# Are there guarantees on the $L^2$ error of the best polynomial approximation (or pessimistic theorems)?

Given a function with nice properties, e.g. $f \in \mathcal{C}^k([a,b])$, are there any guarantees, i.e. upper bounds, on the $L^2$ error

\begin{equation} min_{g \in \Pi_n} \|f-g\|_{L^2} \end{equation}

for the optimal approximation with a polynomial of fixed degree $n$? If there are no such guarantees, is there a result that proves the existence of functions with arbitrarily bad approximations?

I am aware of the theorem by Bernstein which establishes the existence of arbitrarily bad functions to approximate with regards to the $L^{\infty}$ norm.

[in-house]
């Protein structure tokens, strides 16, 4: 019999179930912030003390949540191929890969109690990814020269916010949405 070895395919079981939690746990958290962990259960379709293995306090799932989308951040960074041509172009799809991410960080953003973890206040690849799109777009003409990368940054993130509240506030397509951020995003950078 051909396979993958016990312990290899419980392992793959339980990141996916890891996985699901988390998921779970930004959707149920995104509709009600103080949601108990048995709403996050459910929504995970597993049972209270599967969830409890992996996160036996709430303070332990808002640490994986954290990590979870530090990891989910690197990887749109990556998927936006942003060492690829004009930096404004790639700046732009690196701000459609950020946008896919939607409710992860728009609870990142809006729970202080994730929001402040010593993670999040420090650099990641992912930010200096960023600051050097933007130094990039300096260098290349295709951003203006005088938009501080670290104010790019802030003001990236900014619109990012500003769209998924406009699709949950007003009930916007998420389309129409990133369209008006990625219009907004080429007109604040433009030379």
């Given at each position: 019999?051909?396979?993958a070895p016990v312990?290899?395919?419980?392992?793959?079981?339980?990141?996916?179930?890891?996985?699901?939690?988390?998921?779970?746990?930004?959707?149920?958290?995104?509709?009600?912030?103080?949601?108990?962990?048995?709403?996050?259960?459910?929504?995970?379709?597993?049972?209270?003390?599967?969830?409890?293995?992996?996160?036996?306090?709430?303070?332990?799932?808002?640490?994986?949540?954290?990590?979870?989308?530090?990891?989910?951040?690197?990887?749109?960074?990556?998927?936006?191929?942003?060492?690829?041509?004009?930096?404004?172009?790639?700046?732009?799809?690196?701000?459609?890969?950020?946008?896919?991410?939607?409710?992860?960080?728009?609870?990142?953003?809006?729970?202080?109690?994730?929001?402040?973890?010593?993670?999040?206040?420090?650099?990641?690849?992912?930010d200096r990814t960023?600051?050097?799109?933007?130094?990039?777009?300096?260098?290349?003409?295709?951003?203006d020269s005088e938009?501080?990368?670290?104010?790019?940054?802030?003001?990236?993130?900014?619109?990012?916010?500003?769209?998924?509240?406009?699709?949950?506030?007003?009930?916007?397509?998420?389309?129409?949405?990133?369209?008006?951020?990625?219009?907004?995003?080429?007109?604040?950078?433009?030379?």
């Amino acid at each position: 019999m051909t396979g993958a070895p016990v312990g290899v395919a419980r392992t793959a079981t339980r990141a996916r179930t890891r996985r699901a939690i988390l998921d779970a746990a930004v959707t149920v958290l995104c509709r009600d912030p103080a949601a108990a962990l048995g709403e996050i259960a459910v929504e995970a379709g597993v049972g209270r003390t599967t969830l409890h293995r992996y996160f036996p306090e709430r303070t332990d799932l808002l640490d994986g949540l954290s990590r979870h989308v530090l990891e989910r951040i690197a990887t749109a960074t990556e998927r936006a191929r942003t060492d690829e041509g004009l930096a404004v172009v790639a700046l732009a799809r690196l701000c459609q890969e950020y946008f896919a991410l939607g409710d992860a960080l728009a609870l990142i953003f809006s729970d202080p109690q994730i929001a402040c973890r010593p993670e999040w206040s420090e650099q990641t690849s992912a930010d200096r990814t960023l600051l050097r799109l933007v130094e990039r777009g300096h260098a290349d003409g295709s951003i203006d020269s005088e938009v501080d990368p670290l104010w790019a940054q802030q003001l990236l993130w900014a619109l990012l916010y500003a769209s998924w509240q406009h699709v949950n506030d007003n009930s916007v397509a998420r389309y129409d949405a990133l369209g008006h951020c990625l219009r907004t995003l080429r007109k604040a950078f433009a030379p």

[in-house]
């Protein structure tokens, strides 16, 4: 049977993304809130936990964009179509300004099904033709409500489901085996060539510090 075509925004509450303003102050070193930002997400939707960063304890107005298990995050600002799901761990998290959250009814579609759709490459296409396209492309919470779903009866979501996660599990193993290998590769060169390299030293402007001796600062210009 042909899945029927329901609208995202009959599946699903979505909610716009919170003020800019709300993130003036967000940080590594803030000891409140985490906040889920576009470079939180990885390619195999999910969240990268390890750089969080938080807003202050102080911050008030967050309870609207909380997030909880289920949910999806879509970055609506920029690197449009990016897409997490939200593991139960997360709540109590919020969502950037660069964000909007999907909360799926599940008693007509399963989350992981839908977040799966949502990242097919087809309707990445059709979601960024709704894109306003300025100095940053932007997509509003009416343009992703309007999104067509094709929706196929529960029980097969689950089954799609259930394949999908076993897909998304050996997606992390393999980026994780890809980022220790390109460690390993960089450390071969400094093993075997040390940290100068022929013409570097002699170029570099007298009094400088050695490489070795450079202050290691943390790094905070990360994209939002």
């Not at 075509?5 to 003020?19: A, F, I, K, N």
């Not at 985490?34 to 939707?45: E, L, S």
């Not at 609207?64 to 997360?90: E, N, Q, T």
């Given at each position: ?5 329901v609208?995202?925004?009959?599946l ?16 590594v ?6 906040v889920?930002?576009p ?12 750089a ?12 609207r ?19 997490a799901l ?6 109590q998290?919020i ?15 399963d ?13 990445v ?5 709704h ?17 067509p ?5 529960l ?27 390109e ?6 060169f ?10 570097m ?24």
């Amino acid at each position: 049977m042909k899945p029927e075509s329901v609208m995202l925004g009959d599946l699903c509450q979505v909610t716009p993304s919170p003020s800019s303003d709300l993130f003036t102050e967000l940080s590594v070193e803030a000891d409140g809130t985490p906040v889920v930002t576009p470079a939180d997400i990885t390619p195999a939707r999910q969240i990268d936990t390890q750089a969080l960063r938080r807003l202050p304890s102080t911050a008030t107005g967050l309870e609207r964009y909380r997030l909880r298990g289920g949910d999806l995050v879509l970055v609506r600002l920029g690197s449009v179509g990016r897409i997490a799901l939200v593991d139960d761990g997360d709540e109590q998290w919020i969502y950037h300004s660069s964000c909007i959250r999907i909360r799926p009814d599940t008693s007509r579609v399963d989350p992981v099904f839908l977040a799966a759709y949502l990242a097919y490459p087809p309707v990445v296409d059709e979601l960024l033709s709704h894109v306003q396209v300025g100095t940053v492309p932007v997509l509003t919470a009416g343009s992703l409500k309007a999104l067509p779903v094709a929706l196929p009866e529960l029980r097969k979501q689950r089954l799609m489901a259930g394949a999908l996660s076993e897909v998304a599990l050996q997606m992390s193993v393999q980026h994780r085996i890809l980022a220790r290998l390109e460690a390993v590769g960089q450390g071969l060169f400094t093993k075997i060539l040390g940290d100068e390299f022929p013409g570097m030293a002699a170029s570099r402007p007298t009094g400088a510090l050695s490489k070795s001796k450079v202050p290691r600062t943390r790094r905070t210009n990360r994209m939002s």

We can construct one explicitly. We use the interval $[-1,1]$ to be specific. Let $P_i$ be the $i^{th}$ degree Legendre polynomial. Because they are orthonormal with weight $1$ the best $n$th degree fit to $f$ is $\sum_{i=0}^n \left(\int_{-1}^1 f(x)P_i(x)dx\right)P_i(x)$ Now let $f(x)=kP_{n+1}(x)$. As the polynomials are orthornormal, the best $n$th degree approximation to $f$ is the zero polynomial. As $f$ has non-zero norm, we can choose $k$ large enough to make the error of the approximation as large as we want.